01/12/2020 09:20 GMT+7 Email Print Like 0

Influential Vietnamese woman honoured by BBC

A Vietnamese architect has been named as one of the most influential women in the world by the BBC.

Chu Kim Duc joined the list of the top 100 women of the year for her efforts to build playgrounds for children all across Vietnam.

She said the recognition from the British public service broadcaster was a remarkable milestone.

“It’s such a surprise, but I also feel honoured and happy,” she said.

This year, the list highlights women who are leading change and making a difference during these turbulent times.

“When they found I'd be named on the BBC list, some friends said to me: ‘Oh, it’s such a difficult job for a woman’,” she added.

“But I don’t think there’s anything women can’t do. It's just that sometimes we limit ourselves to what people and society say we can do. I hope through this recognition by the BBC, people will understand that a child’s right to play is really important and it’s something we really need to invest in,” Duc said.

Her social enterprise, Think Playgrounds, was established in 2014. The organisation has built more than 180 free playgrounds for children in inner city areas.

“When we first started, there weren’t many free playgrounds in Hanoi,” she said.

“It was very difficult to find a free public playground, one that had proper equipment and was completely free for children.

“After doing some research we found out this would have a very bad effect on children’s development.

“Children need time to play by themselves. Only during free time do they express what they want and need, physically and mentally.”

Duc felt children living in the city needed a place where they could shape their characters by doing physical activity and communicating with others.

She added: “Besides the knowledge they gain at school, children really need a space to play. It is a child’s right to play.

“I hope that Vietnam will soon notice this right that children deserve to have.”

The group always encourages the community to get involved in designing and preparing playgrounds for children.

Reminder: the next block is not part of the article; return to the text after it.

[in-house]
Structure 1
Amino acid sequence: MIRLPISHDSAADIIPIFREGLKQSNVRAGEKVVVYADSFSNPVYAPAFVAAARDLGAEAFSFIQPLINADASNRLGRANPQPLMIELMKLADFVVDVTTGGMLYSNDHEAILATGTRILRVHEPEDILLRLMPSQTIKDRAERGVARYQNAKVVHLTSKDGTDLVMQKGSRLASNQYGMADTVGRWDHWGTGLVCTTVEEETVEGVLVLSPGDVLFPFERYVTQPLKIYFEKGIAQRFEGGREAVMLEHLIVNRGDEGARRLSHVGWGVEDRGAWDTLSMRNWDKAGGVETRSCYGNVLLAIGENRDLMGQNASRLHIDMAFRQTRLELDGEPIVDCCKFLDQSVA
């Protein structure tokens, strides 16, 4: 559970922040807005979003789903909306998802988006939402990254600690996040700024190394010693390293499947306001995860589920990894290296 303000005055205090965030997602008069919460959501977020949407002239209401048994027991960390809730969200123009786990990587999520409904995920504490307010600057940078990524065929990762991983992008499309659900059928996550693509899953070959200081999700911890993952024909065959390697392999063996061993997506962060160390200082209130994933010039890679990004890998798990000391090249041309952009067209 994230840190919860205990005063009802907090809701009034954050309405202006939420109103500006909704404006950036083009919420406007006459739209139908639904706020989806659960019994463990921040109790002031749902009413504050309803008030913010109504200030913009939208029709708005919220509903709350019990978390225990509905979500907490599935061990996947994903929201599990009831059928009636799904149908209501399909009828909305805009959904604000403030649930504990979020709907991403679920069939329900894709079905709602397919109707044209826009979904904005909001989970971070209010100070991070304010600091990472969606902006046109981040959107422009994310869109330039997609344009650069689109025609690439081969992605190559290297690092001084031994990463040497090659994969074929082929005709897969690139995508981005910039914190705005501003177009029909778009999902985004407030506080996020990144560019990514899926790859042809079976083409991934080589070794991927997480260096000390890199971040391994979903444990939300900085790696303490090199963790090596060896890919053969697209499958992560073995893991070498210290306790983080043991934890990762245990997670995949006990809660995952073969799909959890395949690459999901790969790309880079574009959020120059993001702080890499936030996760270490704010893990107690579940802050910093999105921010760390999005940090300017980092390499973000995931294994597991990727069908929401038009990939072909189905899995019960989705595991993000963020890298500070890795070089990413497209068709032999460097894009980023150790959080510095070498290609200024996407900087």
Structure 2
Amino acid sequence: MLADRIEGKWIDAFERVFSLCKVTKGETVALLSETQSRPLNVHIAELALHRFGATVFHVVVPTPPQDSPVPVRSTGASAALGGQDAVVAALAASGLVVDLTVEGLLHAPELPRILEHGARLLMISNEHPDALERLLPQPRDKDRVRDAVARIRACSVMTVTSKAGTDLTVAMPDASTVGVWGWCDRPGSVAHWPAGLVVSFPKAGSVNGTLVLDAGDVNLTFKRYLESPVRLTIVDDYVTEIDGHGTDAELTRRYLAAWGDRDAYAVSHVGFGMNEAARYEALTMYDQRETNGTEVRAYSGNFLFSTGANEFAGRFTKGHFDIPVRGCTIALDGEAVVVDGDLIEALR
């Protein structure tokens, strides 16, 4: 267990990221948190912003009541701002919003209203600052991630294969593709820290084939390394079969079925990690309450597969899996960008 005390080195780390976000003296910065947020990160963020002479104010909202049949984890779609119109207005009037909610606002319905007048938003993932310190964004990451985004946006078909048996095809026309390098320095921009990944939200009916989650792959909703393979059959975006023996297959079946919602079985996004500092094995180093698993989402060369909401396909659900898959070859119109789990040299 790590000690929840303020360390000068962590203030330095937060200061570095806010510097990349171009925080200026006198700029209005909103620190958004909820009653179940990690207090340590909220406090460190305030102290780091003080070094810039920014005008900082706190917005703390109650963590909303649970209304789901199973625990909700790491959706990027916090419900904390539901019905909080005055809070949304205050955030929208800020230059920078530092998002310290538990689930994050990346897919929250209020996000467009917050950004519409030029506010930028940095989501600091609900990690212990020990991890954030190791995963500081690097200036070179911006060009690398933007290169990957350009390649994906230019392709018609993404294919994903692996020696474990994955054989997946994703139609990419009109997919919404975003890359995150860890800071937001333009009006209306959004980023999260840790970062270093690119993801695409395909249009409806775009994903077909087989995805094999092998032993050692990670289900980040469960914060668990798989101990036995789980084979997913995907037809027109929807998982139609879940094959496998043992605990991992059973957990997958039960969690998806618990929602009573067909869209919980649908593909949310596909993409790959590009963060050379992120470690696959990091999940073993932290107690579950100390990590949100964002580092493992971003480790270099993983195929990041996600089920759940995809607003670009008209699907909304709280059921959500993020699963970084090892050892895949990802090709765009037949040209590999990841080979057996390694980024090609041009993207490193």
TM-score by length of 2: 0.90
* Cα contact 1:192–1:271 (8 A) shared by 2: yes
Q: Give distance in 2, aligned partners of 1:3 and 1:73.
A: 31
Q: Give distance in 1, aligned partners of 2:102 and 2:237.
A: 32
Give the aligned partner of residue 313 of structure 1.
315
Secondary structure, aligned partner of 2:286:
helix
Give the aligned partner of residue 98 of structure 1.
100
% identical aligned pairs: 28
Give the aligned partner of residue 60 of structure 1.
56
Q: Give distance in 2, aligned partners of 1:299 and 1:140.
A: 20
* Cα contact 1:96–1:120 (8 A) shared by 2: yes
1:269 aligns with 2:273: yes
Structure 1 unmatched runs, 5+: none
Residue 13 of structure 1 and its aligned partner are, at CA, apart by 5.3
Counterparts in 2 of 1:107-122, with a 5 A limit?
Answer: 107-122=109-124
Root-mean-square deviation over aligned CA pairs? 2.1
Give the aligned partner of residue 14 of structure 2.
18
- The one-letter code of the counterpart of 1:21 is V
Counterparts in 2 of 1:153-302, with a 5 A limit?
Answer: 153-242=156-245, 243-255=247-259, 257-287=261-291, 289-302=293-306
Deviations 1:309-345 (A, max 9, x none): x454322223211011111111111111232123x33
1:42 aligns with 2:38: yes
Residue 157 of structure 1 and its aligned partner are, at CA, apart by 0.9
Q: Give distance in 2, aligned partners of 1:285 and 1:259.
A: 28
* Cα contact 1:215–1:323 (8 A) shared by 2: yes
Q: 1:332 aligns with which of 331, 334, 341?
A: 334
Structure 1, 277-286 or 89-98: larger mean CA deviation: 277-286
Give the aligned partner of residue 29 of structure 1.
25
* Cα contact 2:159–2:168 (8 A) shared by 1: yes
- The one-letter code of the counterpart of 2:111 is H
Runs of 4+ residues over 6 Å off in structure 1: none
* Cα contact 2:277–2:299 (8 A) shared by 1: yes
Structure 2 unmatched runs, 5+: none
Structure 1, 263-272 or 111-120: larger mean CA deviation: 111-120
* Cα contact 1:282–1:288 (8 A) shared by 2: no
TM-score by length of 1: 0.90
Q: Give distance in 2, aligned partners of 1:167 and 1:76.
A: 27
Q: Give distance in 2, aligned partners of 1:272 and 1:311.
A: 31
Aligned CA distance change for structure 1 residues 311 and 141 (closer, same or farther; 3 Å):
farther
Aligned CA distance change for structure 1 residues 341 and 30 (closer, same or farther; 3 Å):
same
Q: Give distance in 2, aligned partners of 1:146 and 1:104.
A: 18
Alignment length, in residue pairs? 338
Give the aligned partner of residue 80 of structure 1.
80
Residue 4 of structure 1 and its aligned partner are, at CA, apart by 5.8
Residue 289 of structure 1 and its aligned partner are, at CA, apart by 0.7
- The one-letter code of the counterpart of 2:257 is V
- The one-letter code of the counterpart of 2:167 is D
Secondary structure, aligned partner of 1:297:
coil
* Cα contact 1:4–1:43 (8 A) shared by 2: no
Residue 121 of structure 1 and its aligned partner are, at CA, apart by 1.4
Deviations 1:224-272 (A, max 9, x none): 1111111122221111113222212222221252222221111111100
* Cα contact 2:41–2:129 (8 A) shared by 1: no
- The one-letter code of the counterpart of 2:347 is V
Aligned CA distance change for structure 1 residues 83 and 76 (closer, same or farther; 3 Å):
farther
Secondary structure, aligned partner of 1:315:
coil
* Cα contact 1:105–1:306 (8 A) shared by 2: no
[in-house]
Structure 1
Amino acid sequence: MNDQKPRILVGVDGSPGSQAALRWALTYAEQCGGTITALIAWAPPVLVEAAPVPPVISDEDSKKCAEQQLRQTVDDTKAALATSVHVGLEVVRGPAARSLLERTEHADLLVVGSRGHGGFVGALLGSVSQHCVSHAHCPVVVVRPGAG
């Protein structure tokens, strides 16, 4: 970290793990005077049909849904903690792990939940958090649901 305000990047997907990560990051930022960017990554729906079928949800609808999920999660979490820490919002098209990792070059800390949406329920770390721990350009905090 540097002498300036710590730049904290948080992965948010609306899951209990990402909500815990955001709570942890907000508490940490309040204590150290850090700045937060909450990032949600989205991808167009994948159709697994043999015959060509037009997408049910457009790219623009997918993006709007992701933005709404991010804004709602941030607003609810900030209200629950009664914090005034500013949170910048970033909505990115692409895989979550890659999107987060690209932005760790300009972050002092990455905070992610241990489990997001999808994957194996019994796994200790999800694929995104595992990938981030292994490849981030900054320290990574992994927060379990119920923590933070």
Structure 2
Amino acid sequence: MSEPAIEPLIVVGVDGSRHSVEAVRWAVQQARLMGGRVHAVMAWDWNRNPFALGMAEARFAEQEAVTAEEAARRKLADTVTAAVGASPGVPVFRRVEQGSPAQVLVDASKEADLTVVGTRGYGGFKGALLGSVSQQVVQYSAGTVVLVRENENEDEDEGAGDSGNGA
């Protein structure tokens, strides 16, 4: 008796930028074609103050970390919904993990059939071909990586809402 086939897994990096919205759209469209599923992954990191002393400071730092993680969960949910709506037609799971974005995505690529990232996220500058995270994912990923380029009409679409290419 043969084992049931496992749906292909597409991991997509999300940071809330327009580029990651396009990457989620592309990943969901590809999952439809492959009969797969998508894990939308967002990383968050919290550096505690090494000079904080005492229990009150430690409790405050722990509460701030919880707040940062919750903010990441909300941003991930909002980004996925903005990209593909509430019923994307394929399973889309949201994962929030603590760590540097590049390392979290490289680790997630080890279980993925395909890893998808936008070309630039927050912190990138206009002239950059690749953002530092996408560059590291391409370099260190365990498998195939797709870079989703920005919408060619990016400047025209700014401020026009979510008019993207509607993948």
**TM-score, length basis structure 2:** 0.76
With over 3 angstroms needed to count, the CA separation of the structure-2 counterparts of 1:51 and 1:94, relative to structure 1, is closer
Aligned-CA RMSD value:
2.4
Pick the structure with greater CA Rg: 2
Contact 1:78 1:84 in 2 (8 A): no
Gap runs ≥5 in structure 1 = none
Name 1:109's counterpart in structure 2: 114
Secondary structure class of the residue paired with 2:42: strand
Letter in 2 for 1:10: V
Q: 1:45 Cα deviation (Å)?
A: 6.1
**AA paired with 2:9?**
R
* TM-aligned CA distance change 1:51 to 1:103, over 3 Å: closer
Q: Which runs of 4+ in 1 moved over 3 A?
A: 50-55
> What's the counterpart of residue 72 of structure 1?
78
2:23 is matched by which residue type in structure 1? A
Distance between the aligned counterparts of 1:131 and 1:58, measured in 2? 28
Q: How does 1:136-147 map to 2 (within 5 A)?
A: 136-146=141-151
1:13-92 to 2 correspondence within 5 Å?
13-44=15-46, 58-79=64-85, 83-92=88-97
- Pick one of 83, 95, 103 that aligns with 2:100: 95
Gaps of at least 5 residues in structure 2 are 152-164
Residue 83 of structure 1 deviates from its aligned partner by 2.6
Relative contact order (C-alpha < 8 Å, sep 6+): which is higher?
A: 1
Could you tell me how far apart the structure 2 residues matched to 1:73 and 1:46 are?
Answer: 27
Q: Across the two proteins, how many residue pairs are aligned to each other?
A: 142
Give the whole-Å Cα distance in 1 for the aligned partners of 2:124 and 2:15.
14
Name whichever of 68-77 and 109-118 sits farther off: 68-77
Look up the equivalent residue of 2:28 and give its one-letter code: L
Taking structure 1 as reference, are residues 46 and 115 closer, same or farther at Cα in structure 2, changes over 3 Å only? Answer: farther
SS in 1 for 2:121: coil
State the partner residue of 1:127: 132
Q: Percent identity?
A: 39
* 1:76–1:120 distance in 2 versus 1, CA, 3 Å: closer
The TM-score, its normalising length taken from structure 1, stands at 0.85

“Our thinking is that a playground is a public place so it should involve local people,” she said.

“If people aren't part of building the playgrounds, the connection between a public place and local people is lost.”

They work with local authorities and parents to design the playgrounds which are suitable with the area.

“We always try to create a story for each playground. That story is based on the area’s culture.

“In Ngoc Ha, we designed a playground with the concept of a pond with frogs because the area has many ponds. People here also have a tradition of working on farms and planting flowers.

“Most of the materials that we use for our playgrounds are recycled and natural materials such as wood and tyres.

“We think these materials have a better impact on children’s senses rather than plastic or iron which are too flat.

“Those materials can provide explorative inspiration for children.”

The group sometimes hold an event called “Playday” which is a place for children to play and immerse themselves in nature.

Duc said: “Our first Playday was held in 2014. It was so fresh and new that it attracted many parents and children.

“The design of the event was unprecedented, and children couldn’t find anything similar to those that already existed in inner city areas.

“Through the event, we understood that children in the city seriously lack a place to play.”

Think Playgrounds expect that more and more playgrounds will be built in city areas, making life better and people happier.

“We will try to renovate our designs to be able to create more creative playgrounds for children.” Duc said./.
VNA/VNP